Shot at West London Studios and in numerous real-life street locations around the city, The Sorcerers managed to predate the first so-called "modern" horror film Night of the Living Dead (1968) by one year with its harrowing but psychedelic study of urban tensions and the dark side of human nature's quest for constant stimulation. The film was released in the United Kingdom by Tigon, at the time a very new exploitation outfit known for its heavy dollops of sex and violence with later titles like The Blood on Satan's Claw (1971), Virgin Witch (1972), The Flesh and Blood Show (1972), and The Coming of Sin (1978). The company was founded in 1966 by Tony Tenser, and in fact, this film marked its first completely original homegrown production with Tenser stepping in as producer after successfully producing Roman Polanski's Repulsion (1965) and Cul-de-sac (1966). Tenser's career would prove to be short-lived due to personal and health reasons, with an early retirement after Pete Walker's Frightmare (1974) but with a lengthy roster of films to his credit along the way including The Blood Beast Terror and Curse of the Crimson Altar (both 1968).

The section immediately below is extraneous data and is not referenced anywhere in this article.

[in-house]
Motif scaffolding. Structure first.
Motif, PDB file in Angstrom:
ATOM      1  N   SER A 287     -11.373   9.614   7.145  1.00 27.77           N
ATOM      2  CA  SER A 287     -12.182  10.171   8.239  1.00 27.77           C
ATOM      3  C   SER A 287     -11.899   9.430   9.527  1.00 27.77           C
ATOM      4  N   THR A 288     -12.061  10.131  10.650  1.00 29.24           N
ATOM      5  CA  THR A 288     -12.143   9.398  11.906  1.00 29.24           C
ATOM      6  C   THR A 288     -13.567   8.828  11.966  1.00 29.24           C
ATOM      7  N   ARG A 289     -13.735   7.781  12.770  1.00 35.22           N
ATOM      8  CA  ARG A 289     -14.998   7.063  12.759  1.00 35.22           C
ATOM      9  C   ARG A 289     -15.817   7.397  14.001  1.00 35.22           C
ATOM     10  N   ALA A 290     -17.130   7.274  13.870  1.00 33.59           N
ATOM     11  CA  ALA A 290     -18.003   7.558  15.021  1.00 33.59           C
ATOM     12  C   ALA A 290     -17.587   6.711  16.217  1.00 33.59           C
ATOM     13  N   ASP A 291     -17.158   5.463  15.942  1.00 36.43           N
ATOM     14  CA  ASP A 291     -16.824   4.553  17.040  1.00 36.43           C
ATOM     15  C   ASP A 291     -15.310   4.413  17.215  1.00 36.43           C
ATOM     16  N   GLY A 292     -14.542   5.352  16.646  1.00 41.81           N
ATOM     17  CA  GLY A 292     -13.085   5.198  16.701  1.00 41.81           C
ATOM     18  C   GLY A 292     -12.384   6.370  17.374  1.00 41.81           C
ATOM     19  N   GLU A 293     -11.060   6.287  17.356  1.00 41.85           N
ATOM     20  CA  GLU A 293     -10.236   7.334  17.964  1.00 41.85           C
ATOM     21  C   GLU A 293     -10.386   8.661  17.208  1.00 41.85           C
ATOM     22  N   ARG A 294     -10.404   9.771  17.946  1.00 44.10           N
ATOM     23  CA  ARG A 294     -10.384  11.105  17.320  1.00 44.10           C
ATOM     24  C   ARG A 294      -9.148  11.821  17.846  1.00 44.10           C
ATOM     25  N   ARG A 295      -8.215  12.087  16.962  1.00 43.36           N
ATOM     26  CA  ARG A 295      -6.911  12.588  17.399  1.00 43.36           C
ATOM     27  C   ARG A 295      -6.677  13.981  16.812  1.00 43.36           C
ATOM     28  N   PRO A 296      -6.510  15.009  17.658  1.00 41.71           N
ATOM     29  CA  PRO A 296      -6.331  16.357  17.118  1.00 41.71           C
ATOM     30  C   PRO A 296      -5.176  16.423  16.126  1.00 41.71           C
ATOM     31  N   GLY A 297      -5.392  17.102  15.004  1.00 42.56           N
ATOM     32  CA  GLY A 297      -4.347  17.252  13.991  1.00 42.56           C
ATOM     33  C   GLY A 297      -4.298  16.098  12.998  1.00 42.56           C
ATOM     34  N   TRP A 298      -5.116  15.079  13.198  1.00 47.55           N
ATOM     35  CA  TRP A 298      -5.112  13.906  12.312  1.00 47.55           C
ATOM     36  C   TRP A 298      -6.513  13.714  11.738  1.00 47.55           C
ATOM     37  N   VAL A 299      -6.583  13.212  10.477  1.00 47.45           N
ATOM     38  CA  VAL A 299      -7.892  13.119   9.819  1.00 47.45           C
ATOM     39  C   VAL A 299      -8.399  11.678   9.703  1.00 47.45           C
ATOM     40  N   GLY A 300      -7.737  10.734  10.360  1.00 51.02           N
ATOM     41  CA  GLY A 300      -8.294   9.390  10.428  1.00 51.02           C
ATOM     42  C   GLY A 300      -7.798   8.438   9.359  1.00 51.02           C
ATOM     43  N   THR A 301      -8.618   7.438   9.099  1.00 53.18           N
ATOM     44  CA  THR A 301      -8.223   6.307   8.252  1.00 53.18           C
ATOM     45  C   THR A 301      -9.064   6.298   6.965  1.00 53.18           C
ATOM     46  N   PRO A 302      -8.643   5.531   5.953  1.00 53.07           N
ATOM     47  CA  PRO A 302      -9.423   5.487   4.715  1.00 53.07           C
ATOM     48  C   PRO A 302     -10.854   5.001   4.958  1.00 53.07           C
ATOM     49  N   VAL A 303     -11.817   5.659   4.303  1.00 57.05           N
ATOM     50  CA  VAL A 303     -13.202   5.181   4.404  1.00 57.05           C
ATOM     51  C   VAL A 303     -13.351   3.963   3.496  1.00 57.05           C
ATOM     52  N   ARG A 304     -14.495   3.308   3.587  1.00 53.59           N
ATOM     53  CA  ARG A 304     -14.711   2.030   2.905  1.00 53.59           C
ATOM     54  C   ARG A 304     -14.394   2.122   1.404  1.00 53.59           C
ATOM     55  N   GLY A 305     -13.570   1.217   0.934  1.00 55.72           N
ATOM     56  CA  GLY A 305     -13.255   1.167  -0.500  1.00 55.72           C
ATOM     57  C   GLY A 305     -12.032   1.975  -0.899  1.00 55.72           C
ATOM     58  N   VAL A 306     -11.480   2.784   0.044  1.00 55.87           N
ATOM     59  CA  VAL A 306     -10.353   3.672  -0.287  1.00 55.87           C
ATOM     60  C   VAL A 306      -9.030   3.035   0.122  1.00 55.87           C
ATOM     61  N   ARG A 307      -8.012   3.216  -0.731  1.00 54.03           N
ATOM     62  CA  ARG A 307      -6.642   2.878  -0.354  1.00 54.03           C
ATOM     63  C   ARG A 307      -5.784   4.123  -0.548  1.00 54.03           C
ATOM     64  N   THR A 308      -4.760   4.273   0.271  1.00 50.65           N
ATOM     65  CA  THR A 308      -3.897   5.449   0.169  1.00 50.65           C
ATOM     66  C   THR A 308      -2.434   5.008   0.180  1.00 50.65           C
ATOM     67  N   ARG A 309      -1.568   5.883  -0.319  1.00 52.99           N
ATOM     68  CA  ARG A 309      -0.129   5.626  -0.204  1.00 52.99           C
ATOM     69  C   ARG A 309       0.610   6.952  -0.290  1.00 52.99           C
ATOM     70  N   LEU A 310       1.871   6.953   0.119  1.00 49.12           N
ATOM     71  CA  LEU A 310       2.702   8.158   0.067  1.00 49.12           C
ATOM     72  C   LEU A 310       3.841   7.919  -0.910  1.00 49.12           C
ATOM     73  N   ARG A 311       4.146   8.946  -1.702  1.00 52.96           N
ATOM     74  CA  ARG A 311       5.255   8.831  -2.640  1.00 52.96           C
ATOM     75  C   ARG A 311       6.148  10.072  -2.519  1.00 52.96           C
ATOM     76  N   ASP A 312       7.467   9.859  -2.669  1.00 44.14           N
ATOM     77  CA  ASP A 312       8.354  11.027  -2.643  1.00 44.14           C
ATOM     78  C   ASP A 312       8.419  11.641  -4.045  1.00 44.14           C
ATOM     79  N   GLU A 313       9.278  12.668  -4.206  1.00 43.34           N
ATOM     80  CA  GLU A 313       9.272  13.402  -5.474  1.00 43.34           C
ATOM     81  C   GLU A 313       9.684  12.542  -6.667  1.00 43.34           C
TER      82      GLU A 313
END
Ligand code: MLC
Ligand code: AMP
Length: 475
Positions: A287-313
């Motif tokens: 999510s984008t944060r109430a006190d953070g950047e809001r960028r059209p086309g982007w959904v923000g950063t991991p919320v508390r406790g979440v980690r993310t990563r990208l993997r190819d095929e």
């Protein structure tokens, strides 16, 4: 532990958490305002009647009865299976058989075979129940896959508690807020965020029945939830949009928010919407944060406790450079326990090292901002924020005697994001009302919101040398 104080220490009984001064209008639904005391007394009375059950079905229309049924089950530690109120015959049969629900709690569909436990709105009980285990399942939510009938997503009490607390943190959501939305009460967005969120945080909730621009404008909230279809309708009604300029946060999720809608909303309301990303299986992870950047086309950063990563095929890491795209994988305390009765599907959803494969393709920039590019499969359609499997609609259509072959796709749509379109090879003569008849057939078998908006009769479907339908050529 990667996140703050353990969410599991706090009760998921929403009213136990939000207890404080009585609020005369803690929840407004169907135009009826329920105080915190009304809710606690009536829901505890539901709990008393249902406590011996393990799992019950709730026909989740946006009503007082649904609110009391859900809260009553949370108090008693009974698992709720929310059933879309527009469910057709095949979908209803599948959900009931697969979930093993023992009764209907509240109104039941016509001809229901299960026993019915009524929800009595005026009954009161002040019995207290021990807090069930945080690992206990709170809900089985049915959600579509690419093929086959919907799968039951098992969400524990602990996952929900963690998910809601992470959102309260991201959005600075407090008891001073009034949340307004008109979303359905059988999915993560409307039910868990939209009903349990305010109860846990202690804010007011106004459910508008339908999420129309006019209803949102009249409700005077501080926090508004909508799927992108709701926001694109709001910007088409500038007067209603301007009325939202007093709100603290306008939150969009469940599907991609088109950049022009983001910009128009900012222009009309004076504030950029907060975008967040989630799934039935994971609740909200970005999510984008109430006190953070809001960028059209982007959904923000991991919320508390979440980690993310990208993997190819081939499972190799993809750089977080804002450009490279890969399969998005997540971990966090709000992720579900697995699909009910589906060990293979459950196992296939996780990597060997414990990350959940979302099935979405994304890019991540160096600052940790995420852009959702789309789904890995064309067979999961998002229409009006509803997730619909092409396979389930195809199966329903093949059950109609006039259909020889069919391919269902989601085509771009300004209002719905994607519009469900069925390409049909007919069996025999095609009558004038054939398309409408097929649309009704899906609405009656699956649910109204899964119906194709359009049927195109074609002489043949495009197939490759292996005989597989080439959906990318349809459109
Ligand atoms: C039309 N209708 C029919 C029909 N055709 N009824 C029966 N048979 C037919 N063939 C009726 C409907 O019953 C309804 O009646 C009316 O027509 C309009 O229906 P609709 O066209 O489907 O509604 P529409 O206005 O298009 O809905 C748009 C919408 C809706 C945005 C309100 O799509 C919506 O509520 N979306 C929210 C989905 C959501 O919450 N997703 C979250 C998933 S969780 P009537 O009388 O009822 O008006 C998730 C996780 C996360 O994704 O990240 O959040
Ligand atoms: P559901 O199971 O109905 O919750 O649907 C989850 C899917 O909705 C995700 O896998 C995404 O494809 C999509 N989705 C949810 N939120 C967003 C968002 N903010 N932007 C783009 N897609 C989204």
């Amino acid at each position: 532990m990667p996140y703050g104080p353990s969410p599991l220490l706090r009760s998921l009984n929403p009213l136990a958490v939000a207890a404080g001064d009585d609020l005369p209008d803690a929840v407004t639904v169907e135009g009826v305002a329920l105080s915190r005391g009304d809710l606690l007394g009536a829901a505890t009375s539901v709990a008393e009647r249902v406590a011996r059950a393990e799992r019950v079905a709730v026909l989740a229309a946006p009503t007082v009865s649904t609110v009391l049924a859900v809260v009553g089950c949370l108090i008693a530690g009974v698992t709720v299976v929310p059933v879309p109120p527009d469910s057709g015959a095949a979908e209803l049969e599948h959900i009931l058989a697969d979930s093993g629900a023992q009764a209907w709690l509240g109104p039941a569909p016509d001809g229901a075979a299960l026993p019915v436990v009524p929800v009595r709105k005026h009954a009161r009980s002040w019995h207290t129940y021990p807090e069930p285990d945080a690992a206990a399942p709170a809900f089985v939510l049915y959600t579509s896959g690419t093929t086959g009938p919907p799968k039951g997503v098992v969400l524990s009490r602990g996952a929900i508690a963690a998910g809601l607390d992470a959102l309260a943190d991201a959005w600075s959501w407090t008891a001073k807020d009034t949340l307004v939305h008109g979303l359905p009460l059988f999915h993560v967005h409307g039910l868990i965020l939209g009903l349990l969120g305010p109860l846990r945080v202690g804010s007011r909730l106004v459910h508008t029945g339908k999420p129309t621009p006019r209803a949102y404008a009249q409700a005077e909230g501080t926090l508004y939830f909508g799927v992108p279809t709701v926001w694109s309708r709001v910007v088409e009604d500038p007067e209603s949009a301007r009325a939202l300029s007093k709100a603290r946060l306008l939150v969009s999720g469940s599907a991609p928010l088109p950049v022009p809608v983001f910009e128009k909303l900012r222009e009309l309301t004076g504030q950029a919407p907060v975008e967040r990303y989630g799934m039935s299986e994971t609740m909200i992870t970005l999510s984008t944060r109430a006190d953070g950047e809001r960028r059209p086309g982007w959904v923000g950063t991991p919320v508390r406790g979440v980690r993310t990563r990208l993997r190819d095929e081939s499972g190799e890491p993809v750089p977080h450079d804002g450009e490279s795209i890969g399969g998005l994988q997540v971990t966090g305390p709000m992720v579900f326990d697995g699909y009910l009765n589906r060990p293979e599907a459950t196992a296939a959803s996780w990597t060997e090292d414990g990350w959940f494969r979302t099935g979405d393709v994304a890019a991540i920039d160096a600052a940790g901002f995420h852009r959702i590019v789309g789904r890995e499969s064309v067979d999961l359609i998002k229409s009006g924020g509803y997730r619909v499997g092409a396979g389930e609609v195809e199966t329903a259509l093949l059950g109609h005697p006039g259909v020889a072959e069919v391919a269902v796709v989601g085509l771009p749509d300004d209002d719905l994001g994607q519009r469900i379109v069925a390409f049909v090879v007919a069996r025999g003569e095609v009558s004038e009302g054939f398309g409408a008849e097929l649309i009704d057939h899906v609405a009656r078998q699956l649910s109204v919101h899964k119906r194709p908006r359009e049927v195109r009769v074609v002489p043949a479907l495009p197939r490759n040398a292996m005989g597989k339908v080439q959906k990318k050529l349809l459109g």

The film's story was originally conceived under the title Terror for Kicks by John Burke, a horror and sci-fi publications editor (including the Hammer Horror Omnibus series) and occasional writer of movie tie-in novelizations like A Hard Day's Night and Dr. Terror's House of Horrors. However, the final screenplay ended up as the work of Reeves and Tom Baker, a longtime friend of the director (no relation to the Doctor Who actor) who had appeared and shot some of Reeves' early short films and would go on to pen the screenplay for Witchfinder General. (Burke's original, substantially different screenplay was eventually published along with several legal letters and other odds and ends in 2013.) The film's release by Allied Artists in the United States proved to be a bit more problematic due to the film's portrayal of sensual pleasure through violence, with a request to the Production Code for a "Suggested for Mature Audiences" rating on the poster eventually rescinded. The film was instead issued without any kind of rating, with the usual kid-friendly audiences for other Karloff films denied the chance to see this due to its pairing with other titles more suitable for adult viewers.